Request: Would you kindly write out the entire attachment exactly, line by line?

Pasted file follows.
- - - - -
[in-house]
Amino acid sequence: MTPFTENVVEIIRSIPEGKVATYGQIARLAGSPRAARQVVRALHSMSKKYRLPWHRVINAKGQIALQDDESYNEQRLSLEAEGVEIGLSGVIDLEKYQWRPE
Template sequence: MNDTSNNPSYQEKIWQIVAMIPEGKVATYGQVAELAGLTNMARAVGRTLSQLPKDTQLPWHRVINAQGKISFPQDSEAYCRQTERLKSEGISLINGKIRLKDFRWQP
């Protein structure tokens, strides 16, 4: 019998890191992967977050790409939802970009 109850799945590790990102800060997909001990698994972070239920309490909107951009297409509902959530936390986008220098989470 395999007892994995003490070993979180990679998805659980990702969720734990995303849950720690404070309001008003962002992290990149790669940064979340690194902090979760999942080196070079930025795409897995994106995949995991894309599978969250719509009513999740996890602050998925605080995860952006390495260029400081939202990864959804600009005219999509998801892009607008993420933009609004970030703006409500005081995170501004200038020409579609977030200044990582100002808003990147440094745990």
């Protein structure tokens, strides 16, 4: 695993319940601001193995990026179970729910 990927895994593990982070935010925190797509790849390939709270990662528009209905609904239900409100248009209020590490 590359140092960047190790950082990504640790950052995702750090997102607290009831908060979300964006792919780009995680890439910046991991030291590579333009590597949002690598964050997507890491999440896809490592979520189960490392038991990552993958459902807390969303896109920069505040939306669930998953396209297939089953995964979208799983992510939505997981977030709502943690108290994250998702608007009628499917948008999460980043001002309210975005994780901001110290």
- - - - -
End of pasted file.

[in-house]
Amino acid sequence: MTPFTENVVEIIRSIPEGKVATYGQIARLAGSPRAARQVVRALHSMSKKYRLPWHRVINAKGQIALQDDESYNEQRLSLEAEGVEIGLSGVIDLEKYQWRPE
Template sequence: MNDTSNNPSYQEKIWQIVAMIPEGKVATYGQVAELAGLTNMARAVGRTLSQLPKDTQLPWHRVINAQGKISFPQDSEAYCRQTERLKSEGISLINGKIRLKDFRWQP
């Protein structure tokens, strides 16, 4: 019998890191992967977050790409939802970009 109850799945590790990102800060997909001990698994972070239920309490909107951009297409509902959530936390986008220098989470 395999007892994995003490070993979180990679998805659980990702969720734990995303849950720690404070309001008003962002992290990149790669940064979340690194902090979760999942080196070079930025795409897995994106995949995991894309599978969250719509009513999740996890602050998925605080995860952006390495260029400081939202990864959804600009005219999509998801892009607008993420933009609004970030703006409500005081995170501004200038020409579609977030200044990582100002808003990147440094745990």
């Protein structure tokens, strides 16, 4: 695993319940601001193995990026179970729910 990927895994593990982070935010925190797509790849390939709270990662528009209905609904239900409100248009209020590490 590359140092960047190790950082990504640790950052995702750090997102607290009831908060979300964006792919780009995680890439910046991991030291590579333009590597949002690598964050997507890491999440896809490592979520189960490392038991990552993958459902807390969303896109920069505040939306669930998953396209297939089953995964979208799983992510939505997981977030709502943690108290994250998702608007009628499917948008999460980043001002309210975005994780901001110290």